St Catharines Immunology professor says 90 per cent vaccination rate will be needed to reach COVID-19 herd immunity


Published July 13, 2021 at 8:26 pm


Brock University immunologist Adam MacNeil believes that Canada will need a 90 per cent fully vaccinated rate to achieve herd immunity against COVID-19.

According to data released today (July 13), slightly more than half of all eligible Canadians – 50.06 per cent – are now fully vaccinated, a long way still from 90 per cent.

However, factoring in children under 12 years of age, the actual percentage of fully vaccinated Canadian is just 44 per cent.

In a recent interview with the St Catharines campus newspaper, The Brock News, MacNeil suggested it will take a “national conversation” to reach Canadians reluctant to be vaccinated against COVID-19.

“We are at a pivot point and need to elevate and disseminate the conversation into communities, leveraging all of our experts and their messages to create one unified, culturally-sensitive national voice that will reach those pockets of people who are hesitant because of misinformation or perhaps for ideological reasons,” MacNeil told the newspaper.

MacNeil said it’s going to take individuals reaching out to reluctant family members, neighbours and colleagues in their personal networks to provide support for vaccination.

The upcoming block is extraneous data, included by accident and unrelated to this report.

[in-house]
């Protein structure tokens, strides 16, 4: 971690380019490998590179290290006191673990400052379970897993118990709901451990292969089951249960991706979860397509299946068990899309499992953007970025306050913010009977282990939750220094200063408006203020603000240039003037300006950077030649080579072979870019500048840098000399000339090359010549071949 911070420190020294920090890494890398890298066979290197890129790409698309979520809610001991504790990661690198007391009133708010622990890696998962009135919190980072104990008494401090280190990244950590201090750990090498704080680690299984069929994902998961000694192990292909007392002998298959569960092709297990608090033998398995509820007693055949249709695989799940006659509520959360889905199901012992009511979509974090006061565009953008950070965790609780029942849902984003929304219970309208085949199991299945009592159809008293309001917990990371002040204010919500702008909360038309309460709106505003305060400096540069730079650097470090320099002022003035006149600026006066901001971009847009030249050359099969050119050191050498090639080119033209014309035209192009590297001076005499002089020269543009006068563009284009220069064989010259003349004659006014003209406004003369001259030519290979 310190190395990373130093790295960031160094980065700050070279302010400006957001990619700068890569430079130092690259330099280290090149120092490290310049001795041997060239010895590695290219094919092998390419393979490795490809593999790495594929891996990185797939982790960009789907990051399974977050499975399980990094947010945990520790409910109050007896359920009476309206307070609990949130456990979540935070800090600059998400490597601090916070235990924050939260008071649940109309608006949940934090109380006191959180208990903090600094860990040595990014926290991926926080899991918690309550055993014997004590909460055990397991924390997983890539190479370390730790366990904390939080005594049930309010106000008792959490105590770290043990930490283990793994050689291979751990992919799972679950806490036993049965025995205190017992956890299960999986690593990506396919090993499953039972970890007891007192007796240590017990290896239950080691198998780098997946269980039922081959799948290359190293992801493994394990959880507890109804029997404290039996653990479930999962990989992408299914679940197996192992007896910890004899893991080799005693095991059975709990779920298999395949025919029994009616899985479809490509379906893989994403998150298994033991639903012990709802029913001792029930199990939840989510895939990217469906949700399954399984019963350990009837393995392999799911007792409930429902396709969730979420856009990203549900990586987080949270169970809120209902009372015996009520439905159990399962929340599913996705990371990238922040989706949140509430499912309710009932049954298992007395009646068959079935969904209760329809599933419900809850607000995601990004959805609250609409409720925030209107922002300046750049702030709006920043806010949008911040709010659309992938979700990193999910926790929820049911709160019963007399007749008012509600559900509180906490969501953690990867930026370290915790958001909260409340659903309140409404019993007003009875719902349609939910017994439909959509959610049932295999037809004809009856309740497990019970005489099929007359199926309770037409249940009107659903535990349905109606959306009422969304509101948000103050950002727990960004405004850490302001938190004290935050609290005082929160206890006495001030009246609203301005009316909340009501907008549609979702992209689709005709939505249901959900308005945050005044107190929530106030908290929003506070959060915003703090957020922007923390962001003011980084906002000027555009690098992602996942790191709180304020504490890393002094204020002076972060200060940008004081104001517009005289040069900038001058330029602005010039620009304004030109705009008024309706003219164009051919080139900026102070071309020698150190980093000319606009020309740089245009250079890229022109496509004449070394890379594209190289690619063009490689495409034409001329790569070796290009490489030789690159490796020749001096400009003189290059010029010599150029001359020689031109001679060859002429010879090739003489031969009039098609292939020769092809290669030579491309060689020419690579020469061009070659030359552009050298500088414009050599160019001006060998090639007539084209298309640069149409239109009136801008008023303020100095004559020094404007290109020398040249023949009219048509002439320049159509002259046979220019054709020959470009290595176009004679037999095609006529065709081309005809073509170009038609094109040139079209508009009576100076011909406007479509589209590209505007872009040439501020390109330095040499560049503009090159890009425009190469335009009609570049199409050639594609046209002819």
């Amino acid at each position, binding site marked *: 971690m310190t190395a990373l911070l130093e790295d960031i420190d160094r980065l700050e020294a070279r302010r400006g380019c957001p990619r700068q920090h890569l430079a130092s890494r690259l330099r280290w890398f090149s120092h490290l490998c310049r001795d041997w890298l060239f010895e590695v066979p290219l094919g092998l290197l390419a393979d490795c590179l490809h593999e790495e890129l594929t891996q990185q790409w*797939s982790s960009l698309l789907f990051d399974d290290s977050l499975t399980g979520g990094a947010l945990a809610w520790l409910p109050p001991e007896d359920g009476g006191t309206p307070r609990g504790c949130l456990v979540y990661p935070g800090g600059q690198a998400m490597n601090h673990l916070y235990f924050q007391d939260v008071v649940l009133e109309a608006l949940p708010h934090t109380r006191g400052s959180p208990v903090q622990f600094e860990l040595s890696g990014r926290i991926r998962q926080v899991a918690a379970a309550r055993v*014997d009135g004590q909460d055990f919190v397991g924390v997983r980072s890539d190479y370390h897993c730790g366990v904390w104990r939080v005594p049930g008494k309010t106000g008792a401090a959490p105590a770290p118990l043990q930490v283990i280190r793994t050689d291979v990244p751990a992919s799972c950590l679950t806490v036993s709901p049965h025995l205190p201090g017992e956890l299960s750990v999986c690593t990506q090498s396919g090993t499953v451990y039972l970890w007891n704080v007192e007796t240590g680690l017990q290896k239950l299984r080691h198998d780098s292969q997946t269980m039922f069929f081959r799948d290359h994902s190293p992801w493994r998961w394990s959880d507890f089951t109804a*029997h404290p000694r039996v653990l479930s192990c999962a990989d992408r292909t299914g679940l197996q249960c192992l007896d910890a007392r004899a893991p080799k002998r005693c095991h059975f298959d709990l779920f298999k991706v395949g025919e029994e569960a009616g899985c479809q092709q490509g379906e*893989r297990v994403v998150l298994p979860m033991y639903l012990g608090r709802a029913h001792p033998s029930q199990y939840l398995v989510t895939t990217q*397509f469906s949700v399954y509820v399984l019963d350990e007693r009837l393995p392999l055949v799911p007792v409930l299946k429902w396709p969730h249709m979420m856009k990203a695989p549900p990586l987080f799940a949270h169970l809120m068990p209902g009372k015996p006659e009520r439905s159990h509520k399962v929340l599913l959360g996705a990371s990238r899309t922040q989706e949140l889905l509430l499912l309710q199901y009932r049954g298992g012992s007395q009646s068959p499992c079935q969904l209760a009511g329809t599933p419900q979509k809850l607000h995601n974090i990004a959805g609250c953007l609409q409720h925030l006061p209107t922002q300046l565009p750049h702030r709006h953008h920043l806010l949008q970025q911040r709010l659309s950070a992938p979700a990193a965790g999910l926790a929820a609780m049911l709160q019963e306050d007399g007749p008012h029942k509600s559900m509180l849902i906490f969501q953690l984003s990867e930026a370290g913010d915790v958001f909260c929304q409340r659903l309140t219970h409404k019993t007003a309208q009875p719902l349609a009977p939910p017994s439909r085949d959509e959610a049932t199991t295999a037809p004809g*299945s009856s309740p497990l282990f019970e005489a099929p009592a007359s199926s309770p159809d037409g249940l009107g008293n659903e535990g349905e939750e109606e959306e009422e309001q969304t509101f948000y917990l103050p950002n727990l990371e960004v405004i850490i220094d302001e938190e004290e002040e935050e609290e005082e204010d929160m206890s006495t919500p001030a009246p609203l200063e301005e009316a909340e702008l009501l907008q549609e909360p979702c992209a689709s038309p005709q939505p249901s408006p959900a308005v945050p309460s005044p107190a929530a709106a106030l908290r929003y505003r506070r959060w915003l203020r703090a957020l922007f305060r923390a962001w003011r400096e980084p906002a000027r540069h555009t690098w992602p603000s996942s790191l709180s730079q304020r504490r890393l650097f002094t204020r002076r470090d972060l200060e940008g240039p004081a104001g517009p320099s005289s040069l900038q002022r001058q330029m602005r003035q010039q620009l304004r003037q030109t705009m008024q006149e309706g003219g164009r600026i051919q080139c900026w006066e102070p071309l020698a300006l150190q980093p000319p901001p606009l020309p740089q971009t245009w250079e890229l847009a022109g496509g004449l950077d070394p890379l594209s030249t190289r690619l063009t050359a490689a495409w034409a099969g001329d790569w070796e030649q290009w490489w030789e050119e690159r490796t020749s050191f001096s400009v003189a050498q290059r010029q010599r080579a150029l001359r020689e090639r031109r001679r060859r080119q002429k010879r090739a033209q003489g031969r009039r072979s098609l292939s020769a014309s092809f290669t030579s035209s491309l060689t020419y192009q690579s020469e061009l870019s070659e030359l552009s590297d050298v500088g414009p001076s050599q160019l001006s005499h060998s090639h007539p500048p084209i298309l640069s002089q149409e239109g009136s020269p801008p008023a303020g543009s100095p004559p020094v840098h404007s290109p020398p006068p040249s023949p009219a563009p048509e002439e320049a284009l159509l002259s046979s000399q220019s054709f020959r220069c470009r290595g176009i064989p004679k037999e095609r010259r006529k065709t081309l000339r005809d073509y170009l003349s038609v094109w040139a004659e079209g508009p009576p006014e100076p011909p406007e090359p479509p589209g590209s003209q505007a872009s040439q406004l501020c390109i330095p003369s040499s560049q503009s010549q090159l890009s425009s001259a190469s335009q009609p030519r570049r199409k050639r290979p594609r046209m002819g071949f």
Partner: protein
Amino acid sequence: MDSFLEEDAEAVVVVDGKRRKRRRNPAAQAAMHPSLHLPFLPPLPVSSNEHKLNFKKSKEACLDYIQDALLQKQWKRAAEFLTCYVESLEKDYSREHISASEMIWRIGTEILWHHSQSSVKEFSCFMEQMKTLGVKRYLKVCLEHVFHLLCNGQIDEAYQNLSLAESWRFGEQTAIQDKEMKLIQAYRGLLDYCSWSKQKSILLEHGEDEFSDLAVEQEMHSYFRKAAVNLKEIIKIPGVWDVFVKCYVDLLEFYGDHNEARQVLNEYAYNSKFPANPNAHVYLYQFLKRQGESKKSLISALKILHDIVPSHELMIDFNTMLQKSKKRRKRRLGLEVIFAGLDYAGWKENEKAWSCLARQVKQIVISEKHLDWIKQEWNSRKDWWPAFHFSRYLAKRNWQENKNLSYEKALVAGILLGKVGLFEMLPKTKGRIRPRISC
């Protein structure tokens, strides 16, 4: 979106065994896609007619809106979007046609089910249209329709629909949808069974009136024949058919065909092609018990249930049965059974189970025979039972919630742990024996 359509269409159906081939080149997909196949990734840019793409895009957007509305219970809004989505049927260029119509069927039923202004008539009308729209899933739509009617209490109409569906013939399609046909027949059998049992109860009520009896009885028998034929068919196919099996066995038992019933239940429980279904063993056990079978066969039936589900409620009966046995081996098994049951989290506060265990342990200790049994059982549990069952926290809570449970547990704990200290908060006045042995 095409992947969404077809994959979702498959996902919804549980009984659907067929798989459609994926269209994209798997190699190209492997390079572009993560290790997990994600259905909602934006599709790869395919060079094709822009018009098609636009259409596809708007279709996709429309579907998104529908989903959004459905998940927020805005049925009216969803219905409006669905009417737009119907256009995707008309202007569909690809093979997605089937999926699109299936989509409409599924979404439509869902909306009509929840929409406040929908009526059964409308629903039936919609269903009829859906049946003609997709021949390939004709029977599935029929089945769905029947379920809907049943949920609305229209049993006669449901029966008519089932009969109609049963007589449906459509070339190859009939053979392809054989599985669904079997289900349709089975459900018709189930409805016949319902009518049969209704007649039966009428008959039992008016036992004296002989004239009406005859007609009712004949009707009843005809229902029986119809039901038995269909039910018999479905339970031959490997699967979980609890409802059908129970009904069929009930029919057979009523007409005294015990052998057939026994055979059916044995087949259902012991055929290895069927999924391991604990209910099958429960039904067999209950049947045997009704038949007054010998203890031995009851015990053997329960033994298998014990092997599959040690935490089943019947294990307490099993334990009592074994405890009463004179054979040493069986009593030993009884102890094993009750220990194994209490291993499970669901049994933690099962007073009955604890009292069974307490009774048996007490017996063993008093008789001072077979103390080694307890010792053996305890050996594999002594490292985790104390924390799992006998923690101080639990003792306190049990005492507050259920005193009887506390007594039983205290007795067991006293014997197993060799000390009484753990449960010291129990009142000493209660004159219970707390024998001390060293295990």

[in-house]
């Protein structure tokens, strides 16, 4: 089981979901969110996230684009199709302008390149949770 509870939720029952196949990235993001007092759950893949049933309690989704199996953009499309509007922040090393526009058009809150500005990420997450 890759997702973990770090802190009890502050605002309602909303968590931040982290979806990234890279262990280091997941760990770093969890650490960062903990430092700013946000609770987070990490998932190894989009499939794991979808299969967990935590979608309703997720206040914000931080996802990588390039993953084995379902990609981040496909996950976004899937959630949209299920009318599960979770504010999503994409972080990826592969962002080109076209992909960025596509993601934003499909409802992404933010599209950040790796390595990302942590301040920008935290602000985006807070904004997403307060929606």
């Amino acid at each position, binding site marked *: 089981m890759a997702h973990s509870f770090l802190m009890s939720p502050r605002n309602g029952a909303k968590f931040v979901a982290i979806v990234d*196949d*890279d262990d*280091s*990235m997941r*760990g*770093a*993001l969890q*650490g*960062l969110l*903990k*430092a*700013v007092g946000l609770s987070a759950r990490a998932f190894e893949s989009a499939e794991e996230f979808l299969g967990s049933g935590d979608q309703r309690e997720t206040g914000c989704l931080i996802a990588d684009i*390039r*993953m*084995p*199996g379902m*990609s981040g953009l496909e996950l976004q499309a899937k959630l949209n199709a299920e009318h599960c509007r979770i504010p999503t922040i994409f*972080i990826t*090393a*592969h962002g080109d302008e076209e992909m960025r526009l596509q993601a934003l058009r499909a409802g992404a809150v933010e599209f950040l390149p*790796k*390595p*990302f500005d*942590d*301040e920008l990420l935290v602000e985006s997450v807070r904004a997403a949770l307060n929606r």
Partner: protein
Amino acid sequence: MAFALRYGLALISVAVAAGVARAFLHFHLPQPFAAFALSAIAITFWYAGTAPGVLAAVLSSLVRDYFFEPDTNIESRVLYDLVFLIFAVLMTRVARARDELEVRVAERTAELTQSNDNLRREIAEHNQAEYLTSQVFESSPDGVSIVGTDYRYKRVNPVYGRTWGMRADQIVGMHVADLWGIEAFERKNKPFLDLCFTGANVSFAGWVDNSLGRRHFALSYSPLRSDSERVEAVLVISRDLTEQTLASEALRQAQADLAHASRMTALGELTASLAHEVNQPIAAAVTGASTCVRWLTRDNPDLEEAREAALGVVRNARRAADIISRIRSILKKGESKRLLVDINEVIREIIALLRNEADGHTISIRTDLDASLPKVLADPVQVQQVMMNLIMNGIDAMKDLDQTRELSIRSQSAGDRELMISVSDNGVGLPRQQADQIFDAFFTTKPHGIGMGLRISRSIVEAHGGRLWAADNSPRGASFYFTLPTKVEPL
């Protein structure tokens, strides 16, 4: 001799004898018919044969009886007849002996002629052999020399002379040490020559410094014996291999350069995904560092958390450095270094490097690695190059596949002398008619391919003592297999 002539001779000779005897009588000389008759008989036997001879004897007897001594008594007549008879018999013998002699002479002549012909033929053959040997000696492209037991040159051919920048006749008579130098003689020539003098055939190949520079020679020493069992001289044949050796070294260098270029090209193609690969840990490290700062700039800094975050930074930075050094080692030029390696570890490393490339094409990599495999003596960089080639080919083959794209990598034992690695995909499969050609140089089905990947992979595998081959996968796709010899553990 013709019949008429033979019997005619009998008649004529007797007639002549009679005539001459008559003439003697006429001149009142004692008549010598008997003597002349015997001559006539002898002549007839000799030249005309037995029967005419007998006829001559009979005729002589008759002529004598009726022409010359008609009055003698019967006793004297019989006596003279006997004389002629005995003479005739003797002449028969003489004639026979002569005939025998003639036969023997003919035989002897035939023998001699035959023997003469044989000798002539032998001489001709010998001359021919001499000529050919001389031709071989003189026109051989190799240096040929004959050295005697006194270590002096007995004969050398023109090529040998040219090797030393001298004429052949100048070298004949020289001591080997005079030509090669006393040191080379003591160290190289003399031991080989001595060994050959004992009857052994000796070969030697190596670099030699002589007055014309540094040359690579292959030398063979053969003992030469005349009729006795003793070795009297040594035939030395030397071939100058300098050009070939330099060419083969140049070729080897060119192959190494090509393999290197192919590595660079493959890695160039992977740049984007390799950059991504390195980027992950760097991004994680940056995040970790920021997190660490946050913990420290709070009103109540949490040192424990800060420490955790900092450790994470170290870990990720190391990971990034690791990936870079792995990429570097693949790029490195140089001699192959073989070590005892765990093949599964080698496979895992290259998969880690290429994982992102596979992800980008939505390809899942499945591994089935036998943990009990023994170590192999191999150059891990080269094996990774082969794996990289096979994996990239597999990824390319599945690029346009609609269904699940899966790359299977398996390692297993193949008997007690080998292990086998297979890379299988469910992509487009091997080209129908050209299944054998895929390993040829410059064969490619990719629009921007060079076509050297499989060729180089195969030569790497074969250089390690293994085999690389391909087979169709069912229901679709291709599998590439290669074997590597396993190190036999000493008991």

He believes trust is key to changing the minds of those hesitating to be vaccinated.

“I don’t think just pounding on the table saying, ‘vaccines work, you have to get it,’ is the solution in those cases,” he told the paper. “It comes from genuine conversations with people they trust.”

With the new Delta and Lambda variants of COVID-19 quickly spreading, MacNeil acknowledged that it’s pointless to try urging hardcore anti-vaxxers, always touting the latest conspiracy theories but rather he believes there’s a segment of the unvaccinated population who would be willing to take the needles.

Among the issues facing them could be seniors unfamiliar with computers not being able to online book, employees who don’t feel they can take the time off work and is similarly worried the after-effects may waylay them for a few days or even cultural differences where communities speaking a different language don’t understand the process.

As for those who simply don’t believe the vaccines work, MacNeil cited figures from Ontario’s new Chief Medical Officer of Health, Dr. Kieran Moore, who recently said that between May 15 and June 12, nearly 99 per cent of COVID cases in Ontario involved individuals who were not fully vaccinated.

With the latest social media gambit among resistors being “If everyone around me is fully vaccinated, I don’t need to be,” MacNeil points out they are not taking into account the totality of their community which includes children under 12, people who are immuno-compromised, as well as the many who have had various types of medical conditions or recent surgeries and require immune-suppressant medications.

Given the stark difference between 50 and 90 percent vaccinated rates, it would seem the fight against COVID-19 is still far from over for Canadians.

(Adam MacNeil photo courtesy of Brock University)

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